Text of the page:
Mexico trade war's 'disruption in the marketplace' felt by apple growers in B.C.
Canada is second biggest importer of U.S. apples after Mexico
An escalating trade fight between the United States and Mexico may affect B.C. apple growers in the Okanagan, experts say.
Mexico is the biggest customer of Washington state apples, buying up to $250 million's worth each year.
But Mexico now wants to slap a 20 per cent tariff on U.S. farm goods including apples in response to the Trump administration's tariffs on steel and aluminum.
"It's a disruption in the marketplace and it's hard to see how that will shake out," said Glen Lucas, the general manager of the B.C. Fruit Growers Association.
The concern, he said, is that Washington growers may look to send more of their product into Canada if they are unable to sell to Mexico.
"We will be monitoring to make sure that apples are not dumped," Lucas told Chris Walker, the host of CBC's Daybreak South.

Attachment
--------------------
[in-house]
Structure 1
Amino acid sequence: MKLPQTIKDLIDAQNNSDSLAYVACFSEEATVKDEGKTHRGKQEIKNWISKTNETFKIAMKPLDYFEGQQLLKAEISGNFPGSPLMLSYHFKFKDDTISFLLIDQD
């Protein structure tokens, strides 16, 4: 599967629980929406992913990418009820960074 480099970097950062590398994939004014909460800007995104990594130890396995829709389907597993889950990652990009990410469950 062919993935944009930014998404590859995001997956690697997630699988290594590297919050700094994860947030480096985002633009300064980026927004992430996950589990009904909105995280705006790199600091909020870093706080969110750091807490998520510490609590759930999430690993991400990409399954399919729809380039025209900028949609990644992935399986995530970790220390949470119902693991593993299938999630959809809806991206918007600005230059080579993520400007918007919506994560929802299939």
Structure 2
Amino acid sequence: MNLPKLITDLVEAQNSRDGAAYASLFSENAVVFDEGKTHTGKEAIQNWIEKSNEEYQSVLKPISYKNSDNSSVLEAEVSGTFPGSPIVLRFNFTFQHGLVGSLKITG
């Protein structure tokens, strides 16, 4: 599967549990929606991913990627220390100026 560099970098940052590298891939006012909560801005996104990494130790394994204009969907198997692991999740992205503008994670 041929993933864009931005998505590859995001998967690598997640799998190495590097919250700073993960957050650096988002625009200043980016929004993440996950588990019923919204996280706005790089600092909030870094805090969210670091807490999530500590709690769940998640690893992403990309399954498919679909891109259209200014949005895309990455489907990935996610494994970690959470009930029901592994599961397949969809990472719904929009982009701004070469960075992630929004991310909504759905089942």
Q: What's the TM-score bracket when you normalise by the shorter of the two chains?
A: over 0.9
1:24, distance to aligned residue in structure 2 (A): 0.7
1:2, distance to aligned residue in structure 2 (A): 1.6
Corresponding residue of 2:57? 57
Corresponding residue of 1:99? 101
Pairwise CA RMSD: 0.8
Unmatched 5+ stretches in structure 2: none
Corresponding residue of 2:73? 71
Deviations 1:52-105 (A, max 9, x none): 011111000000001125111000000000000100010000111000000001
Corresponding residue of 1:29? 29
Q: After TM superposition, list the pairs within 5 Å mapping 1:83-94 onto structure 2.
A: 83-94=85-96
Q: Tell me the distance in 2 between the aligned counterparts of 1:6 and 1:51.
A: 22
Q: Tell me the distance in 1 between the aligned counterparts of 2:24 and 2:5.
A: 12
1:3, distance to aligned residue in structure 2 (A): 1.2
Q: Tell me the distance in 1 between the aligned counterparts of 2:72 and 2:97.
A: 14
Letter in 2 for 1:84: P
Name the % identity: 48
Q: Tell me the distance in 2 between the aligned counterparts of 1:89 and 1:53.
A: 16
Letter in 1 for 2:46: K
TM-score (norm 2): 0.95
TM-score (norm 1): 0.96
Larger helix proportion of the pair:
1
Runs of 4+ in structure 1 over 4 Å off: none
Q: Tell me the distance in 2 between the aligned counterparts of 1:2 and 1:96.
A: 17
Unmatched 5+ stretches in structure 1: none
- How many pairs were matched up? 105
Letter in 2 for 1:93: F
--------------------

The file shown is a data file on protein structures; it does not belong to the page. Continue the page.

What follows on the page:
"Every shipment is monitored and every week we would be able to see what is happening in the marketplace."
Reaction to market pressure
Canada is already one of the biggest importers of U.S. apples after Mexico.
During a previous trade war involving the U.S. apple growers in 2010-11, British Columbia did export apples to Mexico but Lucas says he doesn't see it as a business opportunity to export more fruit — it's more of a stop-gap measure.
"It's not like we're developing a new market, it's just a reaction to some market pressure," he said.
For Mark Powers, the president of the Northwest Horticultural Council, it's the uncertainty of the tariff war that is worrying.
"It's the cumulative impact that we're very concerned about," he said.
"A short-term increase in price or reduction in return to the grower is something that can be weathered, but it takes its toll over time."
With files from Daybreak South.